Andrew Little

Our Court of Appeal thinks that China's criminal justice system is so unsafe that it simply cannot try cases fairly - and our government ministers can't really trust China's promises that it will do better.

I am fortunate enough to be a citizen of three countries – New Zealand, the United Kingdom, and Ireland – which gives me the right to live in all three places. So, let’s imagine I am a very bad person. Being such, I do a very bad thing here in New Zealand (inset heinous crime of your choosing), then hop on a plane to Ireland or the United Kingdom to settle into a new life.

Since Gavin Hawthorn was sent to prison for ten years in 2003, over 5,000 people have died on New Zealand roads - at an average of 360 a year. That's almost one a day. Commentators calling for him to be sent to prison again are missing the point.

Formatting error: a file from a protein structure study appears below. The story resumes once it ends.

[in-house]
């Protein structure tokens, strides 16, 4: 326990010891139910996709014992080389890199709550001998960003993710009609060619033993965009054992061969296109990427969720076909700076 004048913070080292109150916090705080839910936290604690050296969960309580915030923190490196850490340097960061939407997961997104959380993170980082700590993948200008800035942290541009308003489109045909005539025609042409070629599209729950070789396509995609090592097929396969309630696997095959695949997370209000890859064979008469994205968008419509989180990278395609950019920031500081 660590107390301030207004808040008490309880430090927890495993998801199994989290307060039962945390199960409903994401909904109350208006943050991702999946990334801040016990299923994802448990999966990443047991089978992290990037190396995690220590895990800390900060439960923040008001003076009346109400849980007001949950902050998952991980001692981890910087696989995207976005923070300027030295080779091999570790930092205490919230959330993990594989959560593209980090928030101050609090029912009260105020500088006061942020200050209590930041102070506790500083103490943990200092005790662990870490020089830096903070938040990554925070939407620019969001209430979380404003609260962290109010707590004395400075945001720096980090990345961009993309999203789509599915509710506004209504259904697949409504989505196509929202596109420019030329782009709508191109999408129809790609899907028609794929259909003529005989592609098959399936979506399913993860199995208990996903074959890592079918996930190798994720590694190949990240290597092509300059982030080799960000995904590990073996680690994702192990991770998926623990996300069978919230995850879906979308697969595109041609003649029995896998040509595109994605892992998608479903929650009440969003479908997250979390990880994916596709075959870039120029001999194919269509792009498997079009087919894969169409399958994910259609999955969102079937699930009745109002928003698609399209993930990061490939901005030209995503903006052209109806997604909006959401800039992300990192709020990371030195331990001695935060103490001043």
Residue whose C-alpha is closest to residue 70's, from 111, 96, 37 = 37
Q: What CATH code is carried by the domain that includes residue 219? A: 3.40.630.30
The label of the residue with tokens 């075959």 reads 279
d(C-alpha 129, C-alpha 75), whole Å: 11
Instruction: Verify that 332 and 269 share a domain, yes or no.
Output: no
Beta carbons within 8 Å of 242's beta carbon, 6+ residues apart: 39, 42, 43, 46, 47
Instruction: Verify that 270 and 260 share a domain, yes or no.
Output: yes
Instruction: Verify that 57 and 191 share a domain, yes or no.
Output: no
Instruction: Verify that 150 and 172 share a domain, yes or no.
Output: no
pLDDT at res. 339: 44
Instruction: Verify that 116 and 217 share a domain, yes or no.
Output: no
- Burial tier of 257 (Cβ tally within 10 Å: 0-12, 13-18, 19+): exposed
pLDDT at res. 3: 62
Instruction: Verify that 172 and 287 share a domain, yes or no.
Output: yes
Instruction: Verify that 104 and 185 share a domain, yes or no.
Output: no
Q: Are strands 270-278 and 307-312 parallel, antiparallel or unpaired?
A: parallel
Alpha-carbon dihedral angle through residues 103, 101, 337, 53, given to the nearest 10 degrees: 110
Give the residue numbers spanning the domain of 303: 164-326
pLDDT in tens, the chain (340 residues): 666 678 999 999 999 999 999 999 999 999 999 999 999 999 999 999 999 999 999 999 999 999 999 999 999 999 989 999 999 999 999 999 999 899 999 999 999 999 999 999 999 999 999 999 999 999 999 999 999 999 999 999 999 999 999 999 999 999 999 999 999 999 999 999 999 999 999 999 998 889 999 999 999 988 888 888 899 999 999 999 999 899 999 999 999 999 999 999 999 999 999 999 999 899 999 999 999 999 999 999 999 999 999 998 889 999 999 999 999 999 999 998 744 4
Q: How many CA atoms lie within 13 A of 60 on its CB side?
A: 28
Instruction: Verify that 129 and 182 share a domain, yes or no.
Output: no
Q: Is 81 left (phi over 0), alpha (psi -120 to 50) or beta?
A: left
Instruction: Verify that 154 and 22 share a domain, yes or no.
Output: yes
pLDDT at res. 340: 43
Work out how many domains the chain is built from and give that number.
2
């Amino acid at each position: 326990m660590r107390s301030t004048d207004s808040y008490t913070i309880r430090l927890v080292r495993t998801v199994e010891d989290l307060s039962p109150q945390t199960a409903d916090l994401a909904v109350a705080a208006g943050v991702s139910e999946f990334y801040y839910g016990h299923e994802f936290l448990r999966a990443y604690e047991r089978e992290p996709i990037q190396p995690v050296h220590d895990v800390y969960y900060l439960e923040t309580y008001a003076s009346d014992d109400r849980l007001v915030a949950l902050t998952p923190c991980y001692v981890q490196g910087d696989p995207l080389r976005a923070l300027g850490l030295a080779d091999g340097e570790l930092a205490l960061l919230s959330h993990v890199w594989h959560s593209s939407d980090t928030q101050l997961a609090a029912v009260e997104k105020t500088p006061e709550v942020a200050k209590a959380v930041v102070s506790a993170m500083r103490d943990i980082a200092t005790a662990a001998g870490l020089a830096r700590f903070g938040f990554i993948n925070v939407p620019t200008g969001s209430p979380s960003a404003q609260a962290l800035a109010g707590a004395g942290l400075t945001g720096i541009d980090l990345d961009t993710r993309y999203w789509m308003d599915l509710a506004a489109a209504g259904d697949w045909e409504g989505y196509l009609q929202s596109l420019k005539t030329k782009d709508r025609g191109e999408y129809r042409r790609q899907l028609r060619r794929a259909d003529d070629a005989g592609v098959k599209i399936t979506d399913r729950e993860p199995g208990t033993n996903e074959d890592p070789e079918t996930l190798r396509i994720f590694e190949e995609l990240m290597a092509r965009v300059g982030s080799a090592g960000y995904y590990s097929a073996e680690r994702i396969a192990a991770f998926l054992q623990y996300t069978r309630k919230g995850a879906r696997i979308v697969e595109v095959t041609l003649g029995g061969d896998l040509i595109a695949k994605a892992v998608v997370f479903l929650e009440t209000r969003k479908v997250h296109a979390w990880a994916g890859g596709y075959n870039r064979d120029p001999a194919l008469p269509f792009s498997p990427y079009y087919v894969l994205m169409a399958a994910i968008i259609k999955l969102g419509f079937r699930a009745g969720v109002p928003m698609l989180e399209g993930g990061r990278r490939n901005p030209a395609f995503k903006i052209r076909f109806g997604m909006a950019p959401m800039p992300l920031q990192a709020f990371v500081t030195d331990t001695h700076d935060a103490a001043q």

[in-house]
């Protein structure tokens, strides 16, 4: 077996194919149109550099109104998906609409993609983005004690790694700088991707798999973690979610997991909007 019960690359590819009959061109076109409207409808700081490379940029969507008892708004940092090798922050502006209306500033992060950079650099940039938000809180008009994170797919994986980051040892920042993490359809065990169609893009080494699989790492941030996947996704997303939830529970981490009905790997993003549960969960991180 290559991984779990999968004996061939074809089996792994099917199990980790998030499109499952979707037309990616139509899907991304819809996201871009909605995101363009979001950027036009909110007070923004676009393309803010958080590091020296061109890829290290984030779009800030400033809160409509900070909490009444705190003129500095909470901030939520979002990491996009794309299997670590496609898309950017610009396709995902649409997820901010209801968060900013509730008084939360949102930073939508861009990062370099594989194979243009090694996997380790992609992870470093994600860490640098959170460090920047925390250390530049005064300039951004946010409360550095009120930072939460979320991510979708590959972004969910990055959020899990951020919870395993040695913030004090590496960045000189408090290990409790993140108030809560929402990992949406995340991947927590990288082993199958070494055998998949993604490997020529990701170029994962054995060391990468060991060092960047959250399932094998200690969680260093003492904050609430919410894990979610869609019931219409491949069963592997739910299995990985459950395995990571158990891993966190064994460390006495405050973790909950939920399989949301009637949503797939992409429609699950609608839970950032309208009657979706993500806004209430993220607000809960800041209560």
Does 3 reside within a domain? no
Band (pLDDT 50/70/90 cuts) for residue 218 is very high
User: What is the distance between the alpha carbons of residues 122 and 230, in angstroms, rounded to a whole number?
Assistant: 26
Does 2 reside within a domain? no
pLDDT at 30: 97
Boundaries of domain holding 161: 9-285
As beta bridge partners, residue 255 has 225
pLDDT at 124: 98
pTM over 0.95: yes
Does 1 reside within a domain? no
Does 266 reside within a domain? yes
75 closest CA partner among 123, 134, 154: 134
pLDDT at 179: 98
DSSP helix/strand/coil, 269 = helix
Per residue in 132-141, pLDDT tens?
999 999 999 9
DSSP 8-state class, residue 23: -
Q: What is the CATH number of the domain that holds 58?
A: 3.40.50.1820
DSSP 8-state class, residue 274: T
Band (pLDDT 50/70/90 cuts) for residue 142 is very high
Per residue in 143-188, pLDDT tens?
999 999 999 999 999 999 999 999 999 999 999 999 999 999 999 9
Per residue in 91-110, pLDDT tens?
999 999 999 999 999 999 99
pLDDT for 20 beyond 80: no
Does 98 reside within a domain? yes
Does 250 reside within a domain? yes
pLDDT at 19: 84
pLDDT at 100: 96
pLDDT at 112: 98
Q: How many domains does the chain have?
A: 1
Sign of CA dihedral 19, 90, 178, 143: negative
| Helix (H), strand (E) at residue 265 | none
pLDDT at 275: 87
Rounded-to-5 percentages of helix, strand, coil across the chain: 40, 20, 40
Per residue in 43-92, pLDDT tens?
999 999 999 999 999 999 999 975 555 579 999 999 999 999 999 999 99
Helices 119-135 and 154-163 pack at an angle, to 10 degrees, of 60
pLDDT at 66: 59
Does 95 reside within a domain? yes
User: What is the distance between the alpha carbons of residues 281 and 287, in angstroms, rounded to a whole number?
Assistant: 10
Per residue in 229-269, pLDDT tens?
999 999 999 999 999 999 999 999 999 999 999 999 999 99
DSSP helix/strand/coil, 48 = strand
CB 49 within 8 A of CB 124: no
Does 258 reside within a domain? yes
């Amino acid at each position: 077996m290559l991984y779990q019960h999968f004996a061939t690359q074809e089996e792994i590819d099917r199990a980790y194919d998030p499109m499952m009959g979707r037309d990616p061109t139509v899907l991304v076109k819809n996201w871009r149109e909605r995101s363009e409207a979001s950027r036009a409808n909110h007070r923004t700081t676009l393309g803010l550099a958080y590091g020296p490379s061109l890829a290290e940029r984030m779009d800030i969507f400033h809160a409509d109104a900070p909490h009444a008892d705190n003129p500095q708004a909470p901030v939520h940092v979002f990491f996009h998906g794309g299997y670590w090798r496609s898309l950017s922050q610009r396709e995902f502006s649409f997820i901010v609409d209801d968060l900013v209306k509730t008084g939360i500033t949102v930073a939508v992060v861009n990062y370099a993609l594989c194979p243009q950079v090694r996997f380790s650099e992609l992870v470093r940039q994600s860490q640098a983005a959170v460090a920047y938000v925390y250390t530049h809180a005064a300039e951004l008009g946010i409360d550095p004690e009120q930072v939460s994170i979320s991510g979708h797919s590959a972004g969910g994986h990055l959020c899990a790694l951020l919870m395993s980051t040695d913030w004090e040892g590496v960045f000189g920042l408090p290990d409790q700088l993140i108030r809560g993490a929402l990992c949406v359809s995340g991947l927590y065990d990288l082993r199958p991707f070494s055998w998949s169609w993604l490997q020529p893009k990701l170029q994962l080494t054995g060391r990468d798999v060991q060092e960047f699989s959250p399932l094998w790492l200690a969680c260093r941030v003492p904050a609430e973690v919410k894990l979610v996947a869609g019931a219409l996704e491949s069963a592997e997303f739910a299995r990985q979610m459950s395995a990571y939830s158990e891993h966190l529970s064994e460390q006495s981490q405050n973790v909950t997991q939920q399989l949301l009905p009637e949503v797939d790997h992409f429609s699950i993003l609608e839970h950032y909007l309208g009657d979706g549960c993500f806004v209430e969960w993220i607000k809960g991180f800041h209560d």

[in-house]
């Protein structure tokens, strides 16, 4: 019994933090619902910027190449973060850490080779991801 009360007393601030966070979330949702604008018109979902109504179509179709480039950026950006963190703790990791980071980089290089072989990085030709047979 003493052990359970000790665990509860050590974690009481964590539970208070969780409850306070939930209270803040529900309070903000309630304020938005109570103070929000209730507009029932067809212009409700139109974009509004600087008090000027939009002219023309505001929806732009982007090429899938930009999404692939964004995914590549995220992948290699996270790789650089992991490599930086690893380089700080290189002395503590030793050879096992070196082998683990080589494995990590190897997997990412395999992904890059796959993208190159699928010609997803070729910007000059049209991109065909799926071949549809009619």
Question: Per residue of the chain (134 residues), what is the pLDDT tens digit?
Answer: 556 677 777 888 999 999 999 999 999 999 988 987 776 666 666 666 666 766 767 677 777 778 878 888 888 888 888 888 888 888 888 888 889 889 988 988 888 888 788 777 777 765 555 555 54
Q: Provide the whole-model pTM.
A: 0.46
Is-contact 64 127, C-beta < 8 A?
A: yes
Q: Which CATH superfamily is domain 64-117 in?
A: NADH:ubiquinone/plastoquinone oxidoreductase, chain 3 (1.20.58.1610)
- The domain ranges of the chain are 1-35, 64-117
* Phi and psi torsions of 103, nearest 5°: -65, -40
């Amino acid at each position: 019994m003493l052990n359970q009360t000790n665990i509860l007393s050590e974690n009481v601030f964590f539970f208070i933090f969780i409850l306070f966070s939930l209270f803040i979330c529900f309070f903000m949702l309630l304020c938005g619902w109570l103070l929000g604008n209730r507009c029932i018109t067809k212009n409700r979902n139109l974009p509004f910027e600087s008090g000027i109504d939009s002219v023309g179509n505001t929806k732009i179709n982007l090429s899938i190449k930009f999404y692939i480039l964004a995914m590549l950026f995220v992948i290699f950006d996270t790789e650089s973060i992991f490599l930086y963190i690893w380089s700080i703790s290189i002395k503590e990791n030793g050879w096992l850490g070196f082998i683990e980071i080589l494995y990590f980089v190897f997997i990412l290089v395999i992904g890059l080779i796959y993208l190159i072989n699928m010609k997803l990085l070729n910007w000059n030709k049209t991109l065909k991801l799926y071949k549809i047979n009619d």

News that Gavin Hawthorn has recently been convicted of drink driving yet again has caused oodles of outrage, reported in the media. Hawthorn has already killed four people in two separate accidents.

It seems NZ referenda are a bit like Wellington buses - you wait ages for one to come along, and then three arrive all at once. 

New Zealand’s recent experience with using referenda to make decisions has all been a bit odd, really. We had a rather pointless one in 2011 on whether to retain or junk MMP, mainly because John Key inherited Don Brash’s promise that we would and couldn’t back away from it.

The Justice Advisory Board appointed by Andrew Little says it will take a generation to transform the system. So with New Zealand's three year election cycle, Little needs to get on with it

Writing in Newsroom last week, Laura Walters discusses the work being done by the Justice Advisory Panel appointed by Andrew Little. She says the Panel has found that:

“there is widespread acceptance that New Zealand has a broken justice system”.

The birth of a child is almost always a joyous event, but it's especially so for a government that desperately needs the time-out to re-set itself and rediscover its discipline and competence 

As Jacinda Ardern and Winston Peters stand poised to fulfill very different dreams, neither of them will be terribly happy with where the government stands on the brink of this wee bit of history.